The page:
We’ve accomplished a lot in 2016, making changes inside and outside City Hall that will impact how we serve our customers – you, our residents.
Yesterday, I wrote about our work to explore partnering with the Oak Creek Health Department on sharing of services. And we’ve already begun contracting with Oak Creek for IT services.
Among the other actions we’ve taken in December …
- New Street Department leadership. We recently named Dan Ratajski as our new Street Department superintendent. He replaces Rich Davidoff, who is retiring effective Jan. 5 after 32 years with the department, 22 as superintendent. I wish Rich the best, and thank him for his service. I’m excited to welcome Dan to his new role as well. Dan has been with us 12 years, including four years as the assistant superintendent at the department. We are also using this as an opportunity to take a closer look at the structure and operations of the department and see what, if anything, we can do to enhance what I consider a really strong service; we’re hiring a firm to study this into 2017.
- New assessment firm. The council also hired Tyler Technologies as our new outside real estate assessment firm, with a five-year contract being approved at the Dec. 6 council meeting. They also handle assessor duties for the cities of Franklin and Oak Creek, and the Village of Greendale. I want to wish outgoing contract assessor Dan Walker (and his company, Ad Valorem) well, and thank him for his 28 years serving this city. It’s not easy work, but I’m confident Tyler will be an able replacement.
- Benefits changes. We have also made changes to our benefits for civil service employees – about 70 employees who are not in the police or fire unions, and not in managerial positions. The biggest: We have reduced the city’s liability for retiree and disabled employee health insurance contributions. For example, we will no longer offer retiree health insurance to employees hired into civil service roles after Jan. 1, 2017. The liabilities communities like ours face with this legacy cost have been well-reported, and while we won’t feel the effect of this change for many years, it’s simply too high of a cost for us to continue. (Instead, we are exploring offering employees another vehicle that will allow them to save for retiree health with pre-tax dollars.) We are also working to get our current-day health costs better under control – you will recall we were faced with a 25% increase this year at one point – by requiring employees to pay more for health insurance (80% of the cost, compared to 88%) if they do not take part in the city’s wellness program.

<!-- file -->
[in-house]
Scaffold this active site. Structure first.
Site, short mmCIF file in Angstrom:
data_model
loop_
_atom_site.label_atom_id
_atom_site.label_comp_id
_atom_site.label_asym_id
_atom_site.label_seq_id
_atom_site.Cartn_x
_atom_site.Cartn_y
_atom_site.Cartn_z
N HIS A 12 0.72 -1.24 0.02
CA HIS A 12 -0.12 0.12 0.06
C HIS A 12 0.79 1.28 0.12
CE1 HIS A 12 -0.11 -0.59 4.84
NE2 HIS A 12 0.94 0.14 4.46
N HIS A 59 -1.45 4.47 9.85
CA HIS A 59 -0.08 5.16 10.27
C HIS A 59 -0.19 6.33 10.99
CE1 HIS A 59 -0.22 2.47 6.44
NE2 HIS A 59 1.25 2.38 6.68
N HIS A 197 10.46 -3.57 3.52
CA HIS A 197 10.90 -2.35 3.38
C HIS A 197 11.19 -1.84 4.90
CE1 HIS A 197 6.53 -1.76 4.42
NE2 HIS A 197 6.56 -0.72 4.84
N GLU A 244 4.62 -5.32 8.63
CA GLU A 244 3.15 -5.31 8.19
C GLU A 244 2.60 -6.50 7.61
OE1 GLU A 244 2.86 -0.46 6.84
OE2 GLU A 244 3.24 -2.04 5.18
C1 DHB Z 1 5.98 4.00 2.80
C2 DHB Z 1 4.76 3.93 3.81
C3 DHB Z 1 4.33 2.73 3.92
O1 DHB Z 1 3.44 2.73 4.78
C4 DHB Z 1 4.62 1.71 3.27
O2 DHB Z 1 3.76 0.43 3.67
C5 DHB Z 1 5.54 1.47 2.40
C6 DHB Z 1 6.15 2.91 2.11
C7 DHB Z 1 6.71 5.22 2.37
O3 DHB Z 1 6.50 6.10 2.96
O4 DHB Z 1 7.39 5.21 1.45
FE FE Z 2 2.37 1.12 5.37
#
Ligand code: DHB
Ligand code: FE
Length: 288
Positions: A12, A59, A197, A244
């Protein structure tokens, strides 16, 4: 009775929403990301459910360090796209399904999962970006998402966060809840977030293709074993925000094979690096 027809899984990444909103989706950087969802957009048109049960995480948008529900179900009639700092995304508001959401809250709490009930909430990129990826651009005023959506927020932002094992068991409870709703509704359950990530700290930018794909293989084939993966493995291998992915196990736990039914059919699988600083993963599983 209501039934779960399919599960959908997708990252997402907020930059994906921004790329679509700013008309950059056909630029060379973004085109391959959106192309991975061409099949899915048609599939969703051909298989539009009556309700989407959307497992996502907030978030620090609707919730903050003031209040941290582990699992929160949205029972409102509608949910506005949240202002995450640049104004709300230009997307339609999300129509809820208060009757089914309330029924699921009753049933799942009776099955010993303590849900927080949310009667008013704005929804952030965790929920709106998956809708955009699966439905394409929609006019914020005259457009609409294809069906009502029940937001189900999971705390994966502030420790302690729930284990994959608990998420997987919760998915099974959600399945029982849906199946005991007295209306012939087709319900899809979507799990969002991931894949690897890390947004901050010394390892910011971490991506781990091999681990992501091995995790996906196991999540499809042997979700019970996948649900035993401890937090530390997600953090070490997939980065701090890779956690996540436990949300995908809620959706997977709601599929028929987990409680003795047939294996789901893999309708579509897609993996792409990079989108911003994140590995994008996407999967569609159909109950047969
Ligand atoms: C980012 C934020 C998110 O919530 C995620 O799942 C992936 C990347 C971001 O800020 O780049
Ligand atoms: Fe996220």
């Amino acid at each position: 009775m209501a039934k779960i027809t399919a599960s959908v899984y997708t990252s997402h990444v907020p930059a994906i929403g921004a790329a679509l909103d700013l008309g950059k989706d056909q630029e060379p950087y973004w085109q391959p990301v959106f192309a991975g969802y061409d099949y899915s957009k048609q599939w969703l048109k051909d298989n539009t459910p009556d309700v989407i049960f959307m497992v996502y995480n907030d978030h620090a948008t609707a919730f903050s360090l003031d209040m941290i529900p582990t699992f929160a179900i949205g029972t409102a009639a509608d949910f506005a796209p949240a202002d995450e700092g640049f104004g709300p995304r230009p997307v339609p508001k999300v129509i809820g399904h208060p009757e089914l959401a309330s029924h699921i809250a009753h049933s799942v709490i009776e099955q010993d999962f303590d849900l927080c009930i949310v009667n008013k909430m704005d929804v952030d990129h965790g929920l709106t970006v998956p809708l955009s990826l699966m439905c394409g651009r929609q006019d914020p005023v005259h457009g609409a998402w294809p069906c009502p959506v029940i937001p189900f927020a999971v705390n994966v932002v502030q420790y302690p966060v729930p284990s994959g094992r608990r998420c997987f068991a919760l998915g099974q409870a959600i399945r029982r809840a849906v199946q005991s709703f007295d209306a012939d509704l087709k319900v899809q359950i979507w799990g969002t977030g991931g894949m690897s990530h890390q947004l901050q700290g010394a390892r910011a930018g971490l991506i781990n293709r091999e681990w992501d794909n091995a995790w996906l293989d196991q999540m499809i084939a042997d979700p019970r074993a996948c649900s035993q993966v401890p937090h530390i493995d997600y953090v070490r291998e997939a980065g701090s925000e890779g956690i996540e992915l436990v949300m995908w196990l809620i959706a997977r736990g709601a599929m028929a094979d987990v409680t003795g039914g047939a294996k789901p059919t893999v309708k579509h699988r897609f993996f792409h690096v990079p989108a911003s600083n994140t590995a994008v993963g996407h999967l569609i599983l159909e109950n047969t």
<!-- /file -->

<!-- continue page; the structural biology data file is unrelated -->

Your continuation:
Change is hard, and these are tough choices, especially around those to some of our benefits.
We need to remain competitive, both with other communities and private employers, and I think we are. But we also need to make sure we’re offering benefits that are sustainable for the long term, especially in this era of increasingly constrained budgets. We will continue to look for ways to better strike that balance.